Around Washington for July 29, 2013

Delta Queen could cruise again

By Jordan Blum

Advocate Washington bureau

Washington Bureau writer Jordan Blum
Washington Bureau writer Jordan Blum

The historic Delta Queen steamboat again could cruise New Orleans and up the Mississippi River if Congress acts this year. The House Transportation and Infrastructure Committee passed legislation this month that would put the steamboat that can carry 174 passengers back into action. Sens. Mary Landrieu, D-La., and David Vitter, R-La., are teaming up with Ohio’s senators to push a similar bill this fall in the Senate.

The Delta Queen was a river fixture for more than 80 years. It was taken off the river in 2008 after former Rep. Jim Oberstar, D-Minn., cited safety concerns in not continuing to exempt the vessel from a 1966 law that prohibits wooden boats from carrying more than 50 overnight passengers.

Since then, the boat has been a floating hotel in Chattanooga, Tenn.

If the legislation is passed through the House and Senate, the Delta Queen will be permitted to travel along the rivers once again.

Congress needs to pass an exemption to the Safety of Life at Seas Act, which mostly applied in the past to ocean vessels. Congress had approved the exemption from 1966 to 2008.

The Delta Queen is operated under a lease agreement from the owners by DQSC, Inc., and DQSC’s New Orleans president and CEO, Cornel Martin.

The company plans to buy the steamboat and return it to plying the Mississippi if Congress passes the exemption, according to the Delta Grassroots Caucus.

Similarly, the younger and larger American Queen paddlewheel steamboat was docked in 2008, but it was returned to the Mississippi River in 2012 and is making trips from New Orleans to Minnesota.

Reactions to Halliburton plea

The Justice Department announced late Thursday that Halliburton Co. had decided to plead guilty to destroying evidence in the aftermath of the 2010 BP oil leak, but there was little reaction to the news because it came so late in the day.

However, Sen. David Vitter, R-La., and Rep. Steve Scalise, R-Jefferson, were among those who jumped on the news Friday.

“Considering that 11 people died and the Gulf’s ecosystem was seriously damaged as a result of the Deepwater Horizon disaster, we deserve to know all the facts about what went wrong,” Scalise said in a prepared statement.

“It is reprehensible that anyone would destroy evidence in this investigation, and Halliburton needs to be held fully accountable for this act as well as its role in the Deepwater Horizon disaster. I encourage the Justice Department to continue aggressively pursuing this investigation.”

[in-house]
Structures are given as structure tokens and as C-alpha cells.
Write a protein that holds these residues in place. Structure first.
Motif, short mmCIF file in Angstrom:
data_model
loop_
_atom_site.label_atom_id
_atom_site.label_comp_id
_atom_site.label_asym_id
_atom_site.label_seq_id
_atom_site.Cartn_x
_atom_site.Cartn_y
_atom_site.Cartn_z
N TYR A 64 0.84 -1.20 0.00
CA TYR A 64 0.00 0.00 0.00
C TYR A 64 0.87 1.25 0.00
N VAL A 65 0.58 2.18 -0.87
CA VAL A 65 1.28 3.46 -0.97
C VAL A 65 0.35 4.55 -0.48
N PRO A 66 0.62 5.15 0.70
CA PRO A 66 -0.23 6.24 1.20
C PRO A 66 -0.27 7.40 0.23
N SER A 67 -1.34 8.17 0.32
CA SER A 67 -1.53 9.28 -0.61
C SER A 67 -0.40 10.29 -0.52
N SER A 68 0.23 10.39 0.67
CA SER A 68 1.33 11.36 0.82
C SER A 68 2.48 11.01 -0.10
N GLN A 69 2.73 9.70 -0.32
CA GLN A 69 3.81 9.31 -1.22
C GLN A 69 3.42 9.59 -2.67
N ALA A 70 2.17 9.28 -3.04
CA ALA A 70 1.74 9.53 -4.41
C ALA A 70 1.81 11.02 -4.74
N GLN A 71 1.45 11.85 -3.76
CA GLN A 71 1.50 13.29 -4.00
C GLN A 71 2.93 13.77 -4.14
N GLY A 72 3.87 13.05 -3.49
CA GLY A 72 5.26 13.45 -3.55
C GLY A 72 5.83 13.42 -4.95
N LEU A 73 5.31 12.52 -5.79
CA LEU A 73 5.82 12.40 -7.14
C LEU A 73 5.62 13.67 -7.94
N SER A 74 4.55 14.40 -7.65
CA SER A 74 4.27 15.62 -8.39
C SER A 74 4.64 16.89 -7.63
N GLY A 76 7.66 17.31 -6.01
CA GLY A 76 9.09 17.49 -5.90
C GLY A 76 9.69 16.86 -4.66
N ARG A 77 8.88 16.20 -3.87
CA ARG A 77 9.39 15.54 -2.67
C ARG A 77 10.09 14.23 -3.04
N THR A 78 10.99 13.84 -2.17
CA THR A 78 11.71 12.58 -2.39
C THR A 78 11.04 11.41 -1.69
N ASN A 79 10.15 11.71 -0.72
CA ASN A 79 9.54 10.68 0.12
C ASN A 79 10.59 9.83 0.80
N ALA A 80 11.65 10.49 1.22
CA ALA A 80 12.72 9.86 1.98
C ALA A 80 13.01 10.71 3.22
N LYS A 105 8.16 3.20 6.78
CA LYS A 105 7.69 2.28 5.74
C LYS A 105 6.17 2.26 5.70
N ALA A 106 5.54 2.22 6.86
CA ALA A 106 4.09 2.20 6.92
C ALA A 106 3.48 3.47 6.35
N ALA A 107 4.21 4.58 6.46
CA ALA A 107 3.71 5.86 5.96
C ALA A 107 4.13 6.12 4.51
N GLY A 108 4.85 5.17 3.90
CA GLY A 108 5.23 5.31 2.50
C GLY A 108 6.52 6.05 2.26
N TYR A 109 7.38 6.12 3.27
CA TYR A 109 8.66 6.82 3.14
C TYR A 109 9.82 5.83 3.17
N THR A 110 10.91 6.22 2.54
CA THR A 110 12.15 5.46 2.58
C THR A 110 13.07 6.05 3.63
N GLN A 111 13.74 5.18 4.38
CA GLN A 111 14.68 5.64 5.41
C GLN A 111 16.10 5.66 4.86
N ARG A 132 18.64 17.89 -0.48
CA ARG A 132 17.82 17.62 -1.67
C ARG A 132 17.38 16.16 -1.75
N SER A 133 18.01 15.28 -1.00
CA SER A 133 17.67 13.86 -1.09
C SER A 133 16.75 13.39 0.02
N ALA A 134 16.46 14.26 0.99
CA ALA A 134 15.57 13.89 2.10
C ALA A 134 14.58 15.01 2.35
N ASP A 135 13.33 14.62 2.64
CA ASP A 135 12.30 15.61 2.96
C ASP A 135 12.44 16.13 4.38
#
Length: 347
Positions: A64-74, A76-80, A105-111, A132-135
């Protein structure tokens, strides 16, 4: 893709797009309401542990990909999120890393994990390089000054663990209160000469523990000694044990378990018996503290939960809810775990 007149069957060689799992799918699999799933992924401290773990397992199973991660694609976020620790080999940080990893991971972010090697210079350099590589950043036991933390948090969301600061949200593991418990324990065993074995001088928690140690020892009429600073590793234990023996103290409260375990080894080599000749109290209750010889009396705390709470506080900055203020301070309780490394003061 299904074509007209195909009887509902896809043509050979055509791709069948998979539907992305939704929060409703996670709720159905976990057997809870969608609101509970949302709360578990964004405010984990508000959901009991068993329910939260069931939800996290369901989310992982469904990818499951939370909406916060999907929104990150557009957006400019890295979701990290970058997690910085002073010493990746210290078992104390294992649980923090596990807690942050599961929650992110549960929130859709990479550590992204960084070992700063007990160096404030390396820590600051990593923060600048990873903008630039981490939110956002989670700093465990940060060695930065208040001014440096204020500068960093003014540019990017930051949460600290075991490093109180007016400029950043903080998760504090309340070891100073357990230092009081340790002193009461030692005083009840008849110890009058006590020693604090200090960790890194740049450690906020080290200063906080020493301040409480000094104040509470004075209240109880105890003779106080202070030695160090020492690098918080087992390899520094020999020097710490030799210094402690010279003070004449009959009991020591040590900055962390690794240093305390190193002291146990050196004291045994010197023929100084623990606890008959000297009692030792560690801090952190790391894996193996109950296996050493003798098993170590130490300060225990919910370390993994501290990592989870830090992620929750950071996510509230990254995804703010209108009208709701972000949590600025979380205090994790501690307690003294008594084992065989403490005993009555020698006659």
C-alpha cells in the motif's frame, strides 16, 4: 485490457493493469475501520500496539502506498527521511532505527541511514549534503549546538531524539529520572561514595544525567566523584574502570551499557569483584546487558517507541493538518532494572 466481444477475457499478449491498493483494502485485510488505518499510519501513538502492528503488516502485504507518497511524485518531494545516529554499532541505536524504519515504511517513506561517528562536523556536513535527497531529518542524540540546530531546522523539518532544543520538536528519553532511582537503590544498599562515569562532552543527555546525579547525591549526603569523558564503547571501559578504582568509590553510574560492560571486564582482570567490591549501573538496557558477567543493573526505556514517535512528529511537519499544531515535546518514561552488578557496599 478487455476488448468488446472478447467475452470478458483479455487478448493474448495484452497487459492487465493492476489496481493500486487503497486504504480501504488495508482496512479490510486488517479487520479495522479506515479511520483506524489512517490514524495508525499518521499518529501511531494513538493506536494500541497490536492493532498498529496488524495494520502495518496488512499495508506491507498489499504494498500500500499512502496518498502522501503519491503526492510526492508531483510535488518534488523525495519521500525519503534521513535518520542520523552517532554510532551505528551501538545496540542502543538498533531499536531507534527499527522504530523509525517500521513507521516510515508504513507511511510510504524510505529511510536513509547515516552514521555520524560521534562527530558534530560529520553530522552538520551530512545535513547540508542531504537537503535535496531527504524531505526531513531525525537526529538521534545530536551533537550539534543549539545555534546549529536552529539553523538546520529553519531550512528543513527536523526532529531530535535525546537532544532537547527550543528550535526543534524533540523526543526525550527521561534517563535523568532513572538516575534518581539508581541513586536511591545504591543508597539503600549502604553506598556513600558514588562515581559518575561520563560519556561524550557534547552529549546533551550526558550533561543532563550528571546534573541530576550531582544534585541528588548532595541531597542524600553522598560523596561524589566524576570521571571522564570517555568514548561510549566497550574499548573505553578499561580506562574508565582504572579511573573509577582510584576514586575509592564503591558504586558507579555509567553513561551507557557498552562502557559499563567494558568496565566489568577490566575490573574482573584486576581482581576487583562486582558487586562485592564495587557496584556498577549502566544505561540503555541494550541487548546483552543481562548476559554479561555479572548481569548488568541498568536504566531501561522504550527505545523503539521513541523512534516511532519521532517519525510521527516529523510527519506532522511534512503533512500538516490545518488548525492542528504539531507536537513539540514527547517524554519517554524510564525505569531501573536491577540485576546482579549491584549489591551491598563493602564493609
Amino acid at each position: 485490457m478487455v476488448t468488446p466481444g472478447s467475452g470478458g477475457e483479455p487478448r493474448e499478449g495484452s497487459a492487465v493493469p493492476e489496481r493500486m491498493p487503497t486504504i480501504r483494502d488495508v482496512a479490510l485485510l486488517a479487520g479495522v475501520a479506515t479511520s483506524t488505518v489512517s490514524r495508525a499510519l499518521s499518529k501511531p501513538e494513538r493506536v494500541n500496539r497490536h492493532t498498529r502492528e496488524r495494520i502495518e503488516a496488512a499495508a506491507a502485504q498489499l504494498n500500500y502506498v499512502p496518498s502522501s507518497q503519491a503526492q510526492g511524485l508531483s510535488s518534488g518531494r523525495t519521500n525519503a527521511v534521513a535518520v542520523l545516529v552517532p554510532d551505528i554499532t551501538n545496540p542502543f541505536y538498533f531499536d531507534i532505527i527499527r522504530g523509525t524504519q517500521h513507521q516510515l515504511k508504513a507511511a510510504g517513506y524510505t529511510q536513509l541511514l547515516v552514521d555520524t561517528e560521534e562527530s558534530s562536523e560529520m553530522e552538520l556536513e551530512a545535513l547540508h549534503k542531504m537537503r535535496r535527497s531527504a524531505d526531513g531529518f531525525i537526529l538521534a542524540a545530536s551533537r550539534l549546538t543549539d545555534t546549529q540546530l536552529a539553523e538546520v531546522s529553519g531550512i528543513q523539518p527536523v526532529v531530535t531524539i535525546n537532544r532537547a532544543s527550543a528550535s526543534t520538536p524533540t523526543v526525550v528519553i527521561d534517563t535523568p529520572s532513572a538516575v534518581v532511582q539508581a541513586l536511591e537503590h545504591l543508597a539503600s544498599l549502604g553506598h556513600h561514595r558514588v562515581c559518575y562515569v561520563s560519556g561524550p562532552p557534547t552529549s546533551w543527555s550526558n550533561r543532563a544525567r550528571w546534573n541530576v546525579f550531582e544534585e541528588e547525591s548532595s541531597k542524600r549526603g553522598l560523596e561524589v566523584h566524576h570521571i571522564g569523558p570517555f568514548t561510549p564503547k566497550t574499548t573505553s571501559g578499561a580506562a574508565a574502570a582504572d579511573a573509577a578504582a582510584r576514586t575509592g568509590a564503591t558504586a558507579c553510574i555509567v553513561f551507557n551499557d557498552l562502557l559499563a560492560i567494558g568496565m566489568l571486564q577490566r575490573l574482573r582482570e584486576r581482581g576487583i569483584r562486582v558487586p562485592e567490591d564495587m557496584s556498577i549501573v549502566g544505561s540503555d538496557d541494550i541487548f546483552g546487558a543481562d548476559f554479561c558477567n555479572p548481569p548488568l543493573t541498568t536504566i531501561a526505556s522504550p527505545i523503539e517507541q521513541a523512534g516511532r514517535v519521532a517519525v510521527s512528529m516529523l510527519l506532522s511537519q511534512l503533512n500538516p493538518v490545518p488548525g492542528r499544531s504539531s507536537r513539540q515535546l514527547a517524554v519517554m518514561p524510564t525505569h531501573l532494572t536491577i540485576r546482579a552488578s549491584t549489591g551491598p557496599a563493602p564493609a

“Tragically, 11 men lost their lives in the 2010 oil spill, and there is no excuse whatsoever for withholding evidence on exactly what happened,” Vitter added. “Along with the fines, Halliburton owes the families of the victims a huge apology.”

Halliburton is expected to pay up to just $500,000 in criminal fines, along with a three-year probation.

The oilfield services giant also agreed to contribute $55 million to the National Fish and Wildlife Foundation.

Challenging White House

Scalise and Rep. John Fleming, R-Minden, both succeeded in attaching amendments to the House’s defense appropriations bill opposed by the White House.

Scalise tacked on a measure to prevent the Defense Department from entering into potentially more costly contracts for alternative energy providers, such as biofuels, that are better for the environment. The amendment maintains that contracts stick with petroleum energy.

“It only makes sense for the U.S. military to use the most cost-effective fuel options available, but unfortunately that has not recently been the case within the Department of Defense,” Scalise said in his announcement.

“In tough economic times, every dollar counts, and it’s only common sense for DoD to start saving hundreds of millions of taxpayer dollars by ending costly biofuel procurement and securing less expensive conventional jet fuel instead.”

Fleming’s amendment would ban the Defense Department from appointing any military chaplains who do not have an endorsing agency. Or, as Fleming put it, the amendment would ban the potential appointing of “atheist chaplains.”

Compiled by Jordan Blum, chief of The Advocate’s Washington bureau. His email address is jblum@theadvocate.com.